Due to the conflict with the report done by Inspect Solutions and LL we commissioned our own inspection. That inspection was done on December 20th, 2012 and the report was giving to LL on January 16th, 2013. At that time LL still refuses to work with us and is continuing to blame our problems on installation error.
We suggested a resolution to Lumber Liquidators however, LL refuses to work with us. Here is a copy of our resolution:
*We are willing to pay for the initial cost of the removal of the original wood flooring and carpet when said project was started. Total per invoice provided by Amera-Kora: $460.98
*We would like for the debt of the Bamboo installation through The Home Service Store and Amera-Kora be forgiven with no liability to be held against us. Total of installation and other services that were not completed per invoice provided by Amera-Kora: $2101.00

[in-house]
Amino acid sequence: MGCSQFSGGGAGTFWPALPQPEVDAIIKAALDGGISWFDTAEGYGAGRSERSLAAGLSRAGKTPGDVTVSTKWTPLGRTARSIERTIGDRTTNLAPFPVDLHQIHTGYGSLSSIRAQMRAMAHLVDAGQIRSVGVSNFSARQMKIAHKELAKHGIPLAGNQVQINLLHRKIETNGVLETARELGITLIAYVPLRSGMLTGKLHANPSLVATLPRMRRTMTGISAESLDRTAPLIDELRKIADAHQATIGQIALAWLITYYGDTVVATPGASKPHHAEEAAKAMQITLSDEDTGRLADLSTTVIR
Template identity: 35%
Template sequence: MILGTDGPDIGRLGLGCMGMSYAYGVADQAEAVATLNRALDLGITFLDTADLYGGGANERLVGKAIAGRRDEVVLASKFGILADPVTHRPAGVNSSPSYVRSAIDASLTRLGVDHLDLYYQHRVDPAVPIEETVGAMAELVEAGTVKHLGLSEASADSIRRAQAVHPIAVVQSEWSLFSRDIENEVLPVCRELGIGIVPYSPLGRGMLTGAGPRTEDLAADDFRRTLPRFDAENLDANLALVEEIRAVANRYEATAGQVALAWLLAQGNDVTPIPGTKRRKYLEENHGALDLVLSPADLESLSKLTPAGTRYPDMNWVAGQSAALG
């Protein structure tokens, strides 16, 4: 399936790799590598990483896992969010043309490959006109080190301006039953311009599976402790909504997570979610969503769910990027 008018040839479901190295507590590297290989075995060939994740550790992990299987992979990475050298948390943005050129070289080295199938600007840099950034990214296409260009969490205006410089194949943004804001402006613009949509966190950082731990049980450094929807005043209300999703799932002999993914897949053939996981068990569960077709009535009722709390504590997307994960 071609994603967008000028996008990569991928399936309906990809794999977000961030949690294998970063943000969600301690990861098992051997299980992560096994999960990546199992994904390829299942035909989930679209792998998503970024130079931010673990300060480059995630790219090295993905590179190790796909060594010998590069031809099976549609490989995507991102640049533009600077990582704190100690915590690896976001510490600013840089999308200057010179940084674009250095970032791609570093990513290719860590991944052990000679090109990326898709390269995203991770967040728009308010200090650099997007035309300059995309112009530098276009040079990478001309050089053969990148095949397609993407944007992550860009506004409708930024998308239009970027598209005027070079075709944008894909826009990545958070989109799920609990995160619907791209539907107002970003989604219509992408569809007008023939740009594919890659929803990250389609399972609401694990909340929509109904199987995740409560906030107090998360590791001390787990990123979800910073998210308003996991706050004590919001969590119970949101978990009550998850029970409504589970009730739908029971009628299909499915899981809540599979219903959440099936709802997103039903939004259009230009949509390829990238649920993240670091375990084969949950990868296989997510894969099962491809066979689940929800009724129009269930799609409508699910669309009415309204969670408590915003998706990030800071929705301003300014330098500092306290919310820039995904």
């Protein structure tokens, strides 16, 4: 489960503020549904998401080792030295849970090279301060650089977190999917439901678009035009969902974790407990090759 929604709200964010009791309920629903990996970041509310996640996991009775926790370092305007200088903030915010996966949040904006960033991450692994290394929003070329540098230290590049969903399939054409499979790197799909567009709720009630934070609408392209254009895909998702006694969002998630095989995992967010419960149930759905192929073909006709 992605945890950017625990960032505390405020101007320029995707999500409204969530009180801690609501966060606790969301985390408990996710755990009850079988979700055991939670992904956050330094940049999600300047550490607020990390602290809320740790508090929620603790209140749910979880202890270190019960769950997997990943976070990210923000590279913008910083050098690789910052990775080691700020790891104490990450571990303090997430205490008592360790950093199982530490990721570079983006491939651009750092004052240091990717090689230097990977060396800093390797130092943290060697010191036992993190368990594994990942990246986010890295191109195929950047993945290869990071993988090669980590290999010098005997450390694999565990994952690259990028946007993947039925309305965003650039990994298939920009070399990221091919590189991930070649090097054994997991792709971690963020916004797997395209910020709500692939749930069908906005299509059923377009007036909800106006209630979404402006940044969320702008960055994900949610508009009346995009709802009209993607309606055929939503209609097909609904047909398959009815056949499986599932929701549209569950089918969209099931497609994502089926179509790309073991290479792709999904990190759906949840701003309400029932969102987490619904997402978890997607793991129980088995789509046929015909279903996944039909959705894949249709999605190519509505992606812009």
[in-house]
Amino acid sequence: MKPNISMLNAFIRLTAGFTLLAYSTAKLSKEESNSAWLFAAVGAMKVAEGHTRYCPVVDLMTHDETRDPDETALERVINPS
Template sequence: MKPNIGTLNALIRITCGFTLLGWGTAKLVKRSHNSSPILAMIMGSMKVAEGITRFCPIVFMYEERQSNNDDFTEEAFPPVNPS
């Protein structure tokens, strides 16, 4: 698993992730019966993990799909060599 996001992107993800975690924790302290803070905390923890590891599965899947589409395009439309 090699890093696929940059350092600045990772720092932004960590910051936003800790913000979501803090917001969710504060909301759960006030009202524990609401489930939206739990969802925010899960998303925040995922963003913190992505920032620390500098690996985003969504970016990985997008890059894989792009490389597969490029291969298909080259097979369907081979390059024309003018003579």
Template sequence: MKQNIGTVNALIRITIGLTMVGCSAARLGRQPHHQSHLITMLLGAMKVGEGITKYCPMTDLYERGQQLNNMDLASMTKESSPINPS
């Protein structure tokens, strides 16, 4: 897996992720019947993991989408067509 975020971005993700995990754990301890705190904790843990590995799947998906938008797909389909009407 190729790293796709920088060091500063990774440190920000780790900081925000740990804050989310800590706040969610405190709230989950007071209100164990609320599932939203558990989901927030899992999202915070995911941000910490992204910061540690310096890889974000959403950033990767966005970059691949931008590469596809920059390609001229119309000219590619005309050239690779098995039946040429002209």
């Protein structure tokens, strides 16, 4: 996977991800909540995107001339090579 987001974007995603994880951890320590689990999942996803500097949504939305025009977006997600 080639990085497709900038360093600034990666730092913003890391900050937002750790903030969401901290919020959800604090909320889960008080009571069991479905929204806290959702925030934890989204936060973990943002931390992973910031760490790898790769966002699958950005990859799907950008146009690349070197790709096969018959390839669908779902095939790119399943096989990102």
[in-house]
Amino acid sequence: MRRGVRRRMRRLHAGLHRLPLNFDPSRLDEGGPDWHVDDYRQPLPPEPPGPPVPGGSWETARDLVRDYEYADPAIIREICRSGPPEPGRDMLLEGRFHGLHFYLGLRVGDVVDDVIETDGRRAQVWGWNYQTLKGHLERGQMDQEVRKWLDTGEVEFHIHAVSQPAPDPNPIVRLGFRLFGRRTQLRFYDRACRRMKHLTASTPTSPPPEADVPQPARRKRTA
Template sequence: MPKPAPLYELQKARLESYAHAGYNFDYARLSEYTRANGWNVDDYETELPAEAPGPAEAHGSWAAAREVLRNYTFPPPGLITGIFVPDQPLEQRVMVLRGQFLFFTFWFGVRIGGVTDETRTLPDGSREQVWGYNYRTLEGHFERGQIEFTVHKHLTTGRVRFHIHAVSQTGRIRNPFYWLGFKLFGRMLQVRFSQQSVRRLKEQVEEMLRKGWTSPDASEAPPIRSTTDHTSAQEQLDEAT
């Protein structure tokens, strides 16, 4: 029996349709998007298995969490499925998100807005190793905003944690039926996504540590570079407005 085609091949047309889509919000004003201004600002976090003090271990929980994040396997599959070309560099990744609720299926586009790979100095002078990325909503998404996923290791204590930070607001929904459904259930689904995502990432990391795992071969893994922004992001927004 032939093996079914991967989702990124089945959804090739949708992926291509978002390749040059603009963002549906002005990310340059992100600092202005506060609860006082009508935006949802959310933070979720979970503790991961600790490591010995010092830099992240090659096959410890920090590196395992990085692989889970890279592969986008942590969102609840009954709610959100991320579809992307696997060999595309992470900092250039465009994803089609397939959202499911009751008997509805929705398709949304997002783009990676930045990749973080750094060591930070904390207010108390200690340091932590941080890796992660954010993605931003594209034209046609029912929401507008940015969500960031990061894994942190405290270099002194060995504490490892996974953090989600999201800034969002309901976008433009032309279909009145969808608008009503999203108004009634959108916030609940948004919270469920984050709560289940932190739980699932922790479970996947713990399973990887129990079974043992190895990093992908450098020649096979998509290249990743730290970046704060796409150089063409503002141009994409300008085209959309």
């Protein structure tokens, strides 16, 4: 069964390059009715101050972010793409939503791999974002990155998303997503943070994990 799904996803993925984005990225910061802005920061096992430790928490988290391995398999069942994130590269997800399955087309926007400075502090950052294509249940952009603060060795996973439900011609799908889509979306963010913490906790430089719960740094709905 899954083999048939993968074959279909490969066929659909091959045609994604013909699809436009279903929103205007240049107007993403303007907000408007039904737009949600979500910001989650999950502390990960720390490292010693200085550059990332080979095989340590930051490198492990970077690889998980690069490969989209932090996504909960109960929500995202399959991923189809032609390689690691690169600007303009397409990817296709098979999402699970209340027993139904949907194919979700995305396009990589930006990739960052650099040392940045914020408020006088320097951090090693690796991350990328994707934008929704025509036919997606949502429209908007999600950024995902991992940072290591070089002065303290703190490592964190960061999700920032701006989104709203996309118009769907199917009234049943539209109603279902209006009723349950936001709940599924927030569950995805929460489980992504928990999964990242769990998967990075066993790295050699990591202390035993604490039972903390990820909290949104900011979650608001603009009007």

*We would like for the debt with GE Capital and/or Lumber Liquidators for the purchase of said Bamboo be forgiven with no liability to be held against us. $3465.29
*We request that Lumber Liquidators pay for the removal of said Bamboo Flooring. Estimate provided by third party. $1476.00.
*We request compensation of $782.10. This total reflects the cost of additional product purchased by us, the inspection done by Moore and Neville, and the cost of the certified letters inviting you to be present at said inspection.
After almost 4 months of getting the run around we are no closer to getting this resolved. After doing a number of searches about complaints against Lumber Liquidators I was saddened to see thenumber of others going through this exact same thing but happy as well knowing that we are not the only ones going through this. I am hopeful that someone will help us to get our home back to a fully functional home.